Ever since Grand Theft Auto III merged third-person action-adventure gameplay with a realistic parody of New York City, gaming has been obsessed with creating open worlds that feel like living, breath places that exist beyond the player. These days, NPCs are more realistic than ever, worlds are enormous in size and scope, and random encounters have grown from minor battles to dynamic stories.
In the past few years, some of the best open-world games around have launched, delighting gamers with endless time for exploring, adventuring, and (more often than not) killing innocent animals and people. Here are five titles that you should pick up for some immersive open-world action.
Fallout: New Vegas
Before there were open-world games, there was Fallout. And Obsidian Entertainment's Fallout: New Vegas captures everything that was so great about those original games.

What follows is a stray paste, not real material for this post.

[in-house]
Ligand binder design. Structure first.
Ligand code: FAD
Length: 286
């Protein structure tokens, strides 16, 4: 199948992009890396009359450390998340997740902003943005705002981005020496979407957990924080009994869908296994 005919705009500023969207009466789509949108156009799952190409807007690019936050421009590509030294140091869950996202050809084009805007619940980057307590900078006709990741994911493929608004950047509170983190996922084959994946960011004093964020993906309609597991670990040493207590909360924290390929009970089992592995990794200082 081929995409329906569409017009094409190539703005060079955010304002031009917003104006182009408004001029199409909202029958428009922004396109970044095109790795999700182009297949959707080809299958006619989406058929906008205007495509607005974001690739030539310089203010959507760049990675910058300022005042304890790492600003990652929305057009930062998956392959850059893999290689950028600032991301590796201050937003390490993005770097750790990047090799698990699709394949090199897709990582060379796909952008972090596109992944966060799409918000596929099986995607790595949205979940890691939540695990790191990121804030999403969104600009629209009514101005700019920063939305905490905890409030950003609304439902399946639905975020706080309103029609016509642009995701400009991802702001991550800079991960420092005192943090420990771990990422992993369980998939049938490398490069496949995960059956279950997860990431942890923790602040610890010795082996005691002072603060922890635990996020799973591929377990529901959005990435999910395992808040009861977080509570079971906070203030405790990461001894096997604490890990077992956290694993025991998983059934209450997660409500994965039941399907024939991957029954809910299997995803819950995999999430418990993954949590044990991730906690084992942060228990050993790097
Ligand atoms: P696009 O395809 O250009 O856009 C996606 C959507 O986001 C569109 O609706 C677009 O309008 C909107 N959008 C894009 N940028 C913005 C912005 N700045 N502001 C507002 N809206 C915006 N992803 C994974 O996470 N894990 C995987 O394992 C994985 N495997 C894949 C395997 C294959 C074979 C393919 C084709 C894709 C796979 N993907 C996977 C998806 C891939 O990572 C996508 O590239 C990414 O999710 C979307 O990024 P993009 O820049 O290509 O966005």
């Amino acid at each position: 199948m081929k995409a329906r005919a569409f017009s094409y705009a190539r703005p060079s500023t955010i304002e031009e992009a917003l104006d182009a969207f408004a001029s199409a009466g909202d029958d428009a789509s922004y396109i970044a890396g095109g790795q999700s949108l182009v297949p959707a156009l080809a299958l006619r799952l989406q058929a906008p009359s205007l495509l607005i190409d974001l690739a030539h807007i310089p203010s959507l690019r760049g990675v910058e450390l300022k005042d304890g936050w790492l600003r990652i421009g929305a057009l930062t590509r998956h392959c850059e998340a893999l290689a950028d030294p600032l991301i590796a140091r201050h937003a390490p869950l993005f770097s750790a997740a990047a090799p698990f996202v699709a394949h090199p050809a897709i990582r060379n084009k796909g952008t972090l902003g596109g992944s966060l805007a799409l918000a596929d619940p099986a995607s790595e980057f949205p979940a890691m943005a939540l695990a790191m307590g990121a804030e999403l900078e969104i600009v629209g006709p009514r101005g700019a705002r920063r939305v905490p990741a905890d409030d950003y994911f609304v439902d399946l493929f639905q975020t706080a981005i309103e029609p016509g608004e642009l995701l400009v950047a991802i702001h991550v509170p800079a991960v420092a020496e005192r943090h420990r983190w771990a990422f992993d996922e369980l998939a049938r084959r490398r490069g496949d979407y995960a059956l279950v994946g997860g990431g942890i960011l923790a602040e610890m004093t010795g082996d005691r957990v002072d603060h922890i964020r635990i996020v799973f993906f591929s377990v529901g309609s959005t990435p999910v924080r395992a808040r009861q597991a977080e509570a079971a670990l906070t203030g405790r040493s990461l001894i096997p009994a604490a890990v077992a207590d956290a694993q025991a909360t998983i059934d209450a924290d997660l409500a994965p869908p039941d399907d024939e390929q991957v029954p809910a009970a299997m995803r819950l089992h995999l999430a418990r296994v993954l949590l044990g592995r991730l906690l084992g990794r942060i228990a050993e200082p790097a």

Fallout: New Vegas focuses around Nevada and Las Vegas, referred to as "New Vegas" in the post-apocalyptic future. The game returns back to the west coast after Fallout 3 turned to the east, and it also features a relaxed and slightly over-the-top feel more in line with Fallout 1 and 2. That's in part because some of the game's developers from Obsidian Entertainment previously worked on Fallout 2.
These days, Fallout: New Vegas still ranks as one of the best open-world titles around. Not just does the game strike a fine balance between action role-playing with an interesting story to share, but the game blends Fallout 1 and 2's story with the gameplay enhancements introduced through Fallout 3. The Mojave Wasteland feels enormous, and it has a lengthy list of characters to meet, settlements to explore, and enemies to shoot-up through its sidequests. Plus, the PC version's vibrant modding community gives the game some serious replay value, adding all new game features, difficulty settings, and weapons to try out. As far as open-world games go, this one is a must-buy.